Posted by: innerpilgrimage | September 24, 2010

Step Three in Application

      Right now, I am having a struggle with something I am not in control of, so I am going to use it as active practice of giving it over to my Higher Power.

The Problem:

      I have to take my son to a specialist, an appointment I made weeks ago. I needed to do this. However, before I get to see the specialist, there is a test which needs to be done.
      The problem is that I don’t feel listened to. I feel like we’re being put through a standardized procedure which is not taking into account my son’s physical limitations as a result of the cancer treatment he went through eight years ago. I feel completely out of control of it.

Other Factors:

      I did not get enough sleep last night, which has ttriggered HALT (Hungry, Angry, Lonely, Tired). I am tired because I did not get good sleep last night and I am angry because I cannot control this.

The Reality:

      My son needs to have the procedure done; he needs to see the specialist. Seeing the specialist means we can start the process of the surgery that the previous specialist he saw said could be done when my son was around 12. Well, he’s 12. (I just saw a little hummingbird come up within arm’s reach of me just beyond the patio railing to see what I was doing for a few seconds. A totem meaning for hummingbirds can be found here.)
      I have been putting off taking him because of my frustration with the medical industry. My addict self has come up with rationalizations, including my desire to cancel the appointment. But he needs to go.

The Serenity Prayer in Action:

      Okay, I recognize I am trying to control something that is out of my control. My son has specific needs which I feel are not being addressed, despite my mentioning it to every person I have talked to about this. I have already had a badly-handled addict-mind contact with the doctor’s office (including tears), and my fear of the procedure not being covered has been an issue.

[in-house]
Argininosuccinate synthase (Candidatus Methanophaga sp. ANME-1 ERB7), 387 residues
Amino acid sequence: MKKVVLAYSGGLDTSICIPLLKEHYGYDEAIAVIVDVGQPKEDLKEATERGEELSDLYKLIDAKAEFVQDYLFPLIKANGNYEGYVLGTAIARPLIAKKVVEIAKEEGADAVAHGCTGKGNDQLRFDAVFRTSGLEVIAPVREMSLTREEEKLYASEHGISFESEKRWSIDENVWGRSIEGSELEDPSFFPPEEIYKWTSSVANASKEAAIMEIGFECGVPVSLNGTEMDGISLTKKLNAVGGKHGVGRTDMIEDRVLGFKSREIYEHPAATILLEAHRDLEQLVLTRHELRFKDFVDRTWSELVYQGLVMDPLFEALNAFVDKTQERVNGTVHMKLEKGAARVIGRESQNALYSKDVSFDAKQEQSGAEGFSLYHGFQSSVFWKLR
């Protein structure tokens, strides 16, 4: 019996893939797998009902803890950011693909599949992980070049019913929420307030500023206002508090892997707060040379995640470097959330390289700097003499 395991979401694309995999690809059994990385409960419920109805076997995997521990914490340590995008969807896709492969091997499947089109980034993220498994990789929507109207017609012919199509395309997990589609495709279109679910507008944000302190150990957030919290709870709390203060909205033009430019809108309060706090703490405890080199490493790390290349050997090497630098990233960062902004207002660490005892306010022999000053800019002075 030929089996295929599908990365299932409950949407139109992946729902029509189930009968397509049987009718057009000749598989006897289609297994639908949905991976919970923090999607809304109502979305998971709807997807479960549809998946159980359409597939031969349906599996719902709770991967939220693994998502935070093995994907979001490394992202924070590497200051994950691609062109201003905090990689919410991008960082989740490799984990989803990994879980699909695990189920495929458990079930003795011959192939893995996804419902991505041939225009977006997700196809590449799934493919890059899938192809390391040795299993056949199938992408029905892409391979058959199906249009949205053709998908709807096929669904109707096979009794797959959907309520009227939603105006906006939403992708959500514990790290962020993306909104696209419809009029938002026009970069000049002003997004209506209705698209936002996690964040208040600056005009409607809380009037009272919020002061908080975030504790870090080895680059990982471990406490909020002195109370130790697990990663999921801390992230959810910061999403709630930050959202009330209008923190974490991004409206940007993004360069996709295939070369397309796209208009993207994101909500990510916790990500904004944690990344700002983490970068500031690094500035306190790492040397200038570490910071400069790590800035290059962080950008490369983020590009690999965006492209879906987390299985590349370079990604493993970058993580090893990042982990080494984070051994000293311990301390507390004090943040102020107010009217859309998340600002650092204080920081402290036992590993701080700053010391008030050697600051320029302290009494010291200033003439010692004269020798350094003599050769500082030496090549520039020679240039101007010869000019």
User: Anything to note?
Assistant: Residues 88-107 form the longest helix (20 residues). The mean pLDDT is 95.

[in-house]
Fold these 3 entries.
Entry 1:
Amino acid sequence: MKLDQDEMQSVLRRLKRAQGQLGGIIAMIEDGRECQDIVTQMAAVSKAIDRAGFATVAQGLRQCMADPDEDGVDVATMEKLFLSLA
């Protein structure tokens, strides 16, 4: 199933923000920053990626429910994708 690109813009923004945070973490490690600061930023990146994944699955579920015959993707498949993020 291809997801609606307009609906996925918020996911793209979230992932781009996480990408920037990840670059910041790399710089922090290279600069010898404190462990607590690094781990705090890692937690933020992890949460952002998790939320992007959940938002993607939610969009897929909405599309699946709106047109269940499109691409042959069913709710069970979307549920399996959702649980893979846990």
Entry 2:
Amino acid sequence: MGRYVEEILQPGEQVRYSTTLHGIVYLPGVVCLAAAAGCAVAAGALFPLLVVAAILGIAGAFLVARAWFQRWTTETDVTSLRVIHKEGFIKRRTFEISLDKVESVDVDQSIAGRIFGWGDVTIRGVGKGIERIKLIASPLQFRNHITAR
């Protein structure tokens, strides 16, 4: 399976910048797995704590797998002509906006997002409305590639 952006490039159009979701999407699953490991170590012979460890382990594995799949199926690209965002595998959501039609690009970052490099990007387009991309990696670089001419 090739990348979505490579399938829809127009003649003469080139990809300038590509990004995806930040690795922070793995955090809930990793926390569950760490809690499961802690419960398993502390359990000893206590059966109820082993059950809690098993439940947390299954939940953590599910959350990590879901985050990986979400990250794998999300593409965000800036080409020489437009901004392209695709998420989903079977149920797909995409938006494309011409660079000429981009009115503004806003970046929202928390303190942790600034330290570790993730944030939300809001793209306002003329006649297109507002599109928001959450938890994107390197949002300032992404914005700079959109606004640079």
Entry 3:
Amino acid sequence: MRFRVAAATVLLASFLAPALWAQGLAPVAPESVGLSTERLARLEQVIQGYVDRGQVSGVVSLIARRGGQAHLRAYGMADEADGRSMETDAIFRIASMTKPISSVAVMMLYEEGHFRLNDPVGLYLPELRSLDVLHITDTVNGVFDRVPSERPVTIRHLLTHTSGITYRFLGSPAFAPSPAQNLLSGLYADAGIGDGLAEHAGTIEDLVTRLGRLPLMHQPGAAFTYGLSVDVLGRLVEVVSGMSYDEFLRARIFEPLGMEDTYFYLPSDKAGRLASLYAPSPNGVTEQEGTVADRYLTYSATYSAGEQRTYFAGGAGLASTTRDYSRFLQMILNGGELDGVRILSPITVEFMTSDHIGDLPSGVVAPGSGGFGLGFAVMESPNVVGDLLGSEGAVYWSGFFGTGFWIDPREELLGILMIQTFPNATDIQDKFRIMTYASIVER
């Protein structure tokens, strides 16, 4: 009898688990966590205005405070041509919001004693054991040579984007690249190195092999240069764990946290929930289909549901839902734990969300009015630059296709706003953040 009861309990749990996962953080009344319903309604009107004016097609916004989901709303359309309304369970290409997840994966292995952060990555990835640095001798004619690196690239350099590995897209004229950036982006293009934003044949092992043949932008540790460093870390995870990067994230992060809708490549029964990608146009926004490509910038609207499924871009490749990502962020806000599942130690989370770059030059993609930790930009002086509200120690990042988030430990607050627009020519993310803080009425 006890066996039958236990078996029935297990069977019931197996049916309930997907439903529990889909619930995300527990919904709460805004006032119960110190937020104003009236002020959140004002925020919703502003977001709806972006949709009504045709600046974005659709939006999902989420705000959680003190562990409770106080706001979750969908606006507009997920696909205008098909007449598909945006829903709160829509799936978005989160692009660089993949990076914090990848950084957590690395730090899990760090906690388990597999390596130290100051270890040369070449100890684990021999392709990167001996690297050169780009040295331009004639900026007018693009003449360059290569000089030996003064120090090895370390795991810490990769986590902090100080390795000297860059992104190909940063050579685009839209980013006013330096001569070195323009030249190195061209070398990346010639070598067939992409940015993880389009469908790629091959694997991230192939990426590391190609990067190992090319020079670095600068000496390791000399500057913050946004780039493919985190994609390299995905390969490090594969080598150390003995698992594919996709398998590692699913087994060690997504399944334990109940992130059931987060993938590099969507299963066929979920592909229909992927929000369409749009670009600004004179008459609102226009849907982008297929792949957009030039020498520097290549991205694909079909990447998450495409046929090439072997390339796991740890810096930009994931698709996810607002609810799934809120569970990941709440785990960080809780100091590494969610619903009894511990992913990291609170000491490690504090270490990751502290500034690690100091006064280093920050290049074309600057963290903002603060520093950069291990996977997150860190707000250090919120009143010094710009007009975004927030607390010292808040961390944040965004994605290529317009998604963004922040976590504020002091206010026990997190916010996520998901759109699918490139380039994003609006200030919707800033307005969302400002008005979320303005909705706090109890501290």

I did learn that we can afford it, and if I need to, we can pay it–even if we need to put it on a credit card we are trying to pay down. This procedure is necessary. It is something I cannot change and need to accept.
      I feel resentment that I don’t feel my son’s special requirements are being taken into consideration. I am frustrated that they have this streamlined, and it feels like a cattle call more than a caring physician-patient encounter. They have made requests of me, which I am going to take responsibility and do instead of be neglectful. I am going to do my part in this, despite my fear that my son is not being given understanding because of his particular special physical limitations. This I can change (taking responsibility so the procedure can be done properly, as opposed to having a tantrum and making it difficult on them), and I seek the courage to do it despite the resentment and fear.
      I have also been neglectful in getting him the appointment with the specialist. Between a health insurance I do not understand (Oh, to have an HMO again!) and a physician situation which has been a struggle from the start (My son wants a male doctor, and I had to be firm about that this time, despite not being able to get a male doctor his last visit to a doctor–which is going to make me move his primary care to the pediatric and family practice next door). I may be frustrated that I don’t feel like they are respecting my son’s needs as a patient, but we do need that specialist. I may have put it off, but I cannot change that–nor can I change the fact that the doctor they referred me to wasn’t at the practice. This combination of guilt (for my part in it) and resentment (for their streamlining of the patient intake process) has caused me frustration. This is where I am fighting the most. But neither of those things I can change.
      What I can do, however, is stand up for my son’s needs when I get there. And I will. Part of this means that I have the ability to go online and find the Patient’s Bill of Rights. I can empower my son during this procedure, and I can stand up to the other adults in the room. They don’t have authority over us–they provide a service. Just like I don’t let a restaurant manager or server order for me or a haircutter do my hair, I don’t have to cower before them. That said, I do have a responsibility to meet them halfway and be prepared for the procedure. The reality is that my son may have to leave in the middle of the procedure so he won’t feel shamed because of his limitation. As a parent, I can empower my son by respecting his needs. Since I am the thin, bright line between their process and my son’s individual needs, that is where I can stand.
      I hate confrontation because I tend to do it badly.

Giving Over to My Higher Power